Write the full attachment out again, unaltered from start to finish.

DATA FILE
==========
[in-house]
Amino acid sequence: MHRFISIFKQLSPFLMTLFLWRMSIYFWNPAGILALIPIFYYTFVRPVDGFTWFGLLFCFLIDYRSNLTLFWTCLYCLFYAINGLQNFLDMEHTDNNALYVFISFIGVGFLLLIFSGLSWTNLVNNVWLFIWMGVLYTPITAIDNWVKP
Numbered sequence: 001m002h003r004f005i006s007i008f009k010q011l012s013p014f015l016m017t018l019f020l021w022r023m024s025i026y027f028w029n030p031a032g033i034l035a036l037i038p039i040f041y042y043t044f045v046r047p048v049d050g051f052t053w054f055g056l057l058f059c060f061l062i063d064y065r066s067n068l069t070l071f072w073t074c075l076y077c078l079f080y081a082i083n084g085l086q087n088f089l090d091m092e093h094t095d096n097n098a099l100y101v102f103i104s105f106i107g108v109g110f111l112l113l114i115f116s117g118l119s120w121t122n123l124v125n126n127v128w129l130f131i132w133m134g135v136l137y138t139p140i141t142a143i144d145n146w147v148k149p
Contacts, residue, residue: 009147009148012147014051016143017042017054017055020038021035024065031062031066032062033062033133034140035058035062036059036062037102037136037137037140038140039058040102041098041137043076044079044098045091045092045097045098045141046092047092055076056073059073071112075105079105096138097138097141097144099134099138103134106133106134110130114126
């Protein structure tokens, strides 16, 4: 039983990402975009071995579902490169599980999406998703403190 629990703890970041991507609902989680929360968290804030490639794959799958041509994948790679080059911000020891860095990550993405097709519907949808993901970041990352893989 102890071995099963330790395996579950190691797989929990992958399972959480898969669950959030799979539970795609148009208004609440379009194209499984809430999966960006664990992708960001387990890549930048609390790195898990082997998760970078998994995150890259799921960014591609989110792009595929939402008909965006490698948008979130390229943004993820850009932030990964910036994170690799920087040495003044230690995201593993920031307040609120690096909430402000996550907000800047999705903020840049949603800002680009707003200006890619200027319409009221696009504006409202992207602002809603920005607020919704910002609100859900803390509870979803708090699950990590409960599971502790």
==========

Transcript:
[in-house]
Amino acid sequence: MHRFISIFKQLSPFLMTLFLWRMSIYFWNPAGILALIPIFYYTFVRPVDGFTWFGLLFCFLIDYRSNLTLFWTCLYCLFYAINGLQNFLDMEHTDNNALYVFISFIGVGFLLLIFSGLSWTNLVNNVWLFIWMGVLYTPITAIDNWVKP
Numbered sequence: 001m002h003r004f005i006s007i008f009k010q011l012s013p014f015l016m017t018l019f020l021w022r023m024s025i026y027f028w029n030p031a032g033i034l035a036l037i038p039i040f041y042y043t044f045v046r047p048v049d050g051f052t053w054f055g056l057l058f059c060f061l062i063d064y065r066s067n068l069t070l071f072w073t074c075l076y077c078l079f080y081a082i083n084g085l086q087n088f089l090d091m092e093h094t095d096n097n098a099l100y101v102f103i104s105f106i107g108v109g110f111l112l113l114i115f116s117g118l119s120w121t122n123l124v125n126n127v128w129l130f131i132w133m134g135v136l137y138t139p140i141t142a143i144d145n146w147v148k149p
Contacts, residue, residue: 009147009148012147014051016143017042017054017055020038021035024065031062031066032062033062033133034140035058035062036059036062037102037136037137037140038140039058040102041098041137043076044079044098045091045092045097045098045141046092047092055076056073059073071112075105079105096138097138097141097144099134099138103134106133106134110130114126
């Protein structure tokens, strides 16, 4: 039983990402975009071995579902490169599980999406998703403190 629990703890970041991507609902989680929360968290804030490639794959799958041509994948790679080059911000020891860095990550993405097709519907949808993901970041990352893989 102890071995099963330790395996579950190691797989929990992958399972959480898969669950959030799979539970795609148009208004609440379009194209499984809430999966960006664990992708960001387990890549930048609390790195898990082997998760970078998994995150890259799921960014591609989110792009595929939402008909965006490698948008979130390229943004993820850009932030990964910036994170690799920087040495003044230690995201593993920031307040609120690096909430402000996550907000800047999705903020840049949603800002680009707003200006890619200027319409009221696009504006409202992207602002809603920005607020919704910002609100859900803390509870979803708090699950990590409960599971502790």